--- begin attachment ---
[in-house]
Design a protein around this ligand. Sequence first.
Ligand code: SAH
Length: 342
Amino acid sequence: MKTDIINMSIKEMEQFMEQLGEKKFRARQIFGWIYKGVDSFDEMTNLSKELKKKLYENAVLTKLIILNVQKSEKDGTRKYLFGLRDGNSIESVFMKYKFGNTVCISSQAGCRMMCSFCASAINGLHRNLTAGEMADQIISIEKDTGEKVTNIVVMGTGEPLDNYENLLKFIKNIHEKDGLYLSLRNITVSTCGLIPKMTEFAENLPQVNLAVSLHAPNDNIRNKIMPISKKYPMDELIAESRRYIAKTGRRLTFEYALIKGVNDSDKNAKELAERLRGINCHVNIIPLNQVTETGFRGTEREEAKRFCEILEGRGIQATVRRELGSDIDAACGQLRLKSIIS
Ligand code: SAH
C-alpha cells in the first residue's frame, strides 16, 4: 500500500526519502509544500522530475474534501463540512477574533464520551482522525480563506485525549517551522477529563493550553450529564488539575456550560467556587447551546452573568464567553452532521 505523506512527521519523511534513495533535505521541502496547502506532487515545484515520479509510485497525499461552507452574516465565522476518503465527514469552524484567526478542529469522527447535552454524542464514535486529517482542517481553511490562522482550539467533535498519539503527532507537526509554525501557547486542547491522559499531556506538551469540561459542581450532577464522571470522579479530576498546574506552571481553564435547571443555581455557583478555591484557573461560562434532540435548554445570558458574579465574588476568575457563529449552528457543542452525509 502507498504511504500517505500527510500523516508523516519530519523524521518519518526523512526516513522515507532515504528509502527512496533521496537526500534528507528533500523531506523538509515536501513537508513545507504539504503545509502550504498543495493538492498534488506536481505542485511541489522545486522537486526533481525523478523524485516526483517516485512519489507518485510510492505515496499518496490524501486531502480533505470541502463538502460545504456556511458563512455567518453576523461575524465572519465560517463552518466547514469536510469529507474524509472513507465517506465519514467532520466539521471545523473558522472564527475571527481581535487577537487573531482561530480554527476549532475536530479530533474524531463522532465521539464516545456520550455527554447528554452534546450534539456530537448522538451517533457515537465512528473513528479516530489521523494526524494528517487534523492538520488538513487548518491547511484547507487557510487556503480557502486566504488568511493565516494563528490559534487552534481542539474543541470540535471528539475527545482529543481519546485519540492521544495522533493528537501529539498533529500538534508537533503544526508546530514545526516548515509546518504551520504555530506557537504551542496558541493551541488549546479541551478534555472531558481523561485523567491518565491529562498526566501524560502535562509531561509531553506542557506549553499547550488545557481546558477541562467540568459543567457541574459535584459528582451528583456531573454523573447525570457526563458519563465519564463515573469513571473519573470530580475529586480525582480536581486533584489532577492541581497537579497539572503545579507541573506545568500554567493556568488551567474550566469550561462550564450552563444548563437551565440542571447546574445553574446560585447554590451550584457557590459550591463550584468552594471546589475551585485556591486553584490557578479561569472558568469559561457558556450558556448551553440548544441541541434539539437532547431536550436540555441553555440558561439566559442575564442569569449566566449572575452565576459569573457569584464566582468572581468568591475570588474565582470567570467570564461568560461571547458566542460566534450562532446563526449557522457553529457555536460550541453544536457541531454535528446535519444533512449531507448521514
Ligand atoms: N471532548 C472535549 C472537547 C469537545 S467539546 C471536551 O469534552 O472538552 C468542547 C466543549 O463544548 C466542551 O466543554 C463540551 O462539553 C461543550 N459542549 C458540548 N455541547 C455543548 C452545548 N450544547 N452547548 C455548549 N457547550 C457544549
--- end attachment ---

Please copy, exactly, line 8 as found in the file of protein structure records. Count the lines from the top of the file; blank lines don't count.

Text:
Ligand atoms: N471532548 C472535549 C472537547 C469537545 S467539546 C471536551 O469534552 O472538552 C468542547 C466543549 O463544548 C466542551 O466543554 C463540551 O462539553 C461543550 N459542549 C458540548 N455541547 C455543548 C452545548 N450544547 N452547548 C455548549 N457547550 C457544549